Home / Markets / Mark To Market /  RBI’s new MPC bats for investment revival, sharpens focus on growth

The newly minted monetary policy committee (MPC) has widened the scope of its discussion, if not voting, beyond the narrow linkages of inflation and policy rates. The minutes of the MPC’s October meeting reveals that the government bond yield curve and what its implications are for investments found fair place in discussions, besides inflation and growth dynamics.

The circumstances amid a pandemic seem to have necessitated a broader canvas of metrics for the MPC to deliberate on. While the impact of the pandemic on growth weighed the most on the committee, the real worry seemed to be long-term investments. Most of the members highlighted the need to encourage long term investments even as short-term demand should get all the support through measures by both the RBI and the government.

New project investments in India have dropped sharply in the past five years
View Full Image
New project investments in India have dropped sharply in the past five years

The strongest voice here was of JR Varma, also the lone dissenter against the policy stance. Varma said that India’s sovereign bond yield curve is one of the steepest in the world and it hurts investments. “Excessive long-term rates exacerbate the collapse of investments in the economy," Varma said. Michael Patra, deputy governor and incharge of monetary policy at the RBI suggested that investments are critical for a sustained growth path. “Empirical evidence suggests that consumption-led recoveries are shallow and short-lived," Patra said. Governor Shaktikanta Das too seem to side with most members on investment. Das suggested that one of reasons behind the MPC’s guidance to keep rates low for long was revival of investment. “This enhanced guidance should strengthen and quicken the pace of transmission to longer-term yields and help support consumption and investment demand in the economy," said Das.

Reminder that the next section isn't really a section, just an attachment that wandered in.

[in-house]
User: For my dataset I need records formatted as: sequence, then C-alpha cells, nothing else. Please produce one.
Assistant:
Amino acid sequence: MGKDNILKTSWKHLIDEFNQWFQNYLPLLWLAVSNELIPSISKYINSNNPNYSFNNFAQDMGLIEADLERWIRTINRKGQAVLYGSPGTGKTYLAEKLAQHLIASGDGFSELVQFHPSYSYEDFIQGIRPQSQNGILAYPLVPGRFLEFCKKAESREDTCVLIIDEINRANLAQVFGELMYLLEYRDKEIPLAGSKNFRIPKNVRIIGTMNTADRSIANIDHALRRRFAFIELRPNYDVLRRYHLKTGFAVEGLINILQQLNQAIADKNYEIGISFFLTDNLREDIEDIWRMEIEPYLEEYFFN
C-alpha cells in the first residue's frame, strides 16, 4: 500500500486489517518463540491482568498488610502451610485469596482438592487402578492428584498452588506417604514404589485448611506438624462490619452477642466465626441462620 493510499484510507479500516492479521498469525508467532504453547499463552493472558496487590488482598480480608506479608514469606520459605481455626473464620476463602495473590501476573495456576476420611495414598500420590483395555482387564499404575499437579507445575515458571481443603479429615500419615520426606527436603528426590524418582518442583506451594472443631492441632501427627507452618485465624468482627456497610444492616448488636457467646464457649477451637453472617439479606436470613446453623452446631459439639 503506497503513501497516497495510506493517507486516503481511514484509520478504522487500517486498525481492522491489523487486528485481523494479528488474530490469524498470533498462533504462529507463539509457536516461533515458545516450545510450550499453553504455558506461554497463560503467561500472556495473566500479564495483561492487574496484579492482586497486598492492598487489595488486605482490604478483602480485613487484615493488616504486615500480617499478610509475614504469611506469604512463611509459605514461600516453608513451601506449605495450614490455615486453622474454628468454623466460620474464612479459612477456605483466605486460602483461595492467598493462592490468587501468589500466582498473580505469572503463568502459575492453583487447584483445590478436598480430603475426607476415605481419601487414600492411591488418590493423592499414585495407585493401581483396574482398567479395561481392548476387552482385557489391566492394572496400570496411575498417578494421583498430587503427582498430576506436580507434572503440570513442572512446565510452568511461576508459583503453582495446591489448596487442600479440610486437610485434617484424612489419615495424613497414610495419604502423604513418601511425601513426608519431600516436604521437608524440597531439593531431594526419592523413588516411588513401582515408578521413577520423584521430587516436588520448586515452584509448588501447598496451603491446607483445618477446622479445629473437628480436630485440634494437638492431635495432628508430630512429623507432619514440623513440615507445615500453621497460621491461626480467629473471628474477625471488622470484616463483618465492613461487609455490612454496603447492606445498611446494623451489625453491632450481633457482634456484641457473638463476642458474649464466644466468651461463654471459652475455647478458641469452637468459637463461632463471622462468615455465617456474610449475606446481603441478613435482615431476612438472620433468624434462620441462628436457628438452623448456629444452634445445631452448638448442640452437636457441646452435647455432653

The MPC had said that its stance would remain accommodative well into the next financial year, indicating that policy rates may remain low for longer. Varma, however, called for a guidance beyond six months if the RBI wants to revive investment. “Forward guidance of six months in the MPC resolution is in my view suboptimal. I would also point out that the weakness of investments in the Indian economy predates the Covid-19 pandemic, and this merits a longer term response that goes beyond six months," he said.

Considering that most members want to revive investments, it is likely that policy rates would remain low for a long time. In the absence of a rude surprise on inflation, the RBI is unlikely to temper down its growth-centric narrative. What this means for markets is that the central bank is willing to keep even long-term interest rates lower so that India’s private sector can get comfortable enough to invest. The minutes show clearly that the MPC is not looking at FY21 anymore but beyond. It is looking towards the potential recovery and the RBI is already preparing for it.

Know your inner investor Do you have the nerves of steel or do you get insomniac over your investments? Let’s define your investment approach.
Take the test
Catch all the Business News, Market News, Breaking News Events and Latest News Updates on Live Mint. Download The Mint News App to get Daily Market Updates.
More Less

Recommended For You

Trending Stocks

Get alerts on WhatsApp
Set Preferences My ReadsWatchlistFeedbackRedeem a Gift CardLogout